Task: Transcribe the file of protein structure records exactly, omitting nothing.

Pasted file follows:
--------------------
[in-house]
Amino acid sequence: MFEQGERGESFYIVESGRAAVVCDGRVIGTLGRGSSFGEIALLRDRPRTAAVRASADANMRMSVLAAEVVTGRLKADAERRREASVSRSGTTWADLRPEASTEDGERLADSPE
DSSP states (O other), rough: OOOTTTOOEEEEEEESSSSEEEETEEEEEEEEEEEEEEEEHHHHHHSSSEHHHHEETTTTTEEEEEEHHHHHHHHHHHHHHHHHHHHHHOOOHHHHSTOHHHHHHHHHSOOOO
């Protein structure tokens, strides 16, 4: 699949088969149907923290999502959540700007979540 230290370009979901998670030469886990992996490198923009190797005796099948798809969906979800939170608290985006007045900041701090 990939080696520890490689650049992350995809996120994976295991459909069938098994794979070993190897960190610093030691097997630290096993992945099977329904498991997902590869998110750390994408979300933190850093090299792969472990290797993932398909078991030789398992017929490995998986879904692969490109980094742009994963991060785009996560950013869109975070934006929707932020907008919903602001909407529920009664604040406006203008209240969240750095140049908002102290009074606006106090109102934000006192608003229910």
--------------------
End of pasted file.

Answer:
[in-house]
Amino acid sequence: MFEQGERGESFYIVESGRAAVVCDGRVIGTLGRGSSFGEIALLRDRPRTAAVRASADANMRMSVLAAEVVTGRLKADAERRREASVSRSGTTWADLRPEASTEDGERLADSPE
DSSP states (O other), rough: OOOTTTOOEEEEEEESSSSEEEETEEEEEEEEEEEEEEEEHHHHHHSSSEHHHHEETTTTTEEEEEEHHHHHHHHHHHHHHHHHHHHHHOOOHHHHSTOHHHHHHHHHSOOOO
């Protein structure tokens, strides 16, 4: 699949088969149907923290999502959540700007979540 230290370009979901998670030469886990992996490198923009190797005796099948798809969906979800939170608290985006007045900041701090 990939080696520890490689650049992350995809996120994976295991459909069938098994794979070993190897960190610093030691097997630290096993992945099977329904498991997902590869998110750390994408979300933190850093090299792969472990290797993932398909078991030789398992017929490995998986879904692969490109980094742009994963991060785009996560950013869109975070934006929707932020907008919903602001909407529920009664604040406006203008209240969240750095140049908002102290009074606006106090109102934000006192608003229910």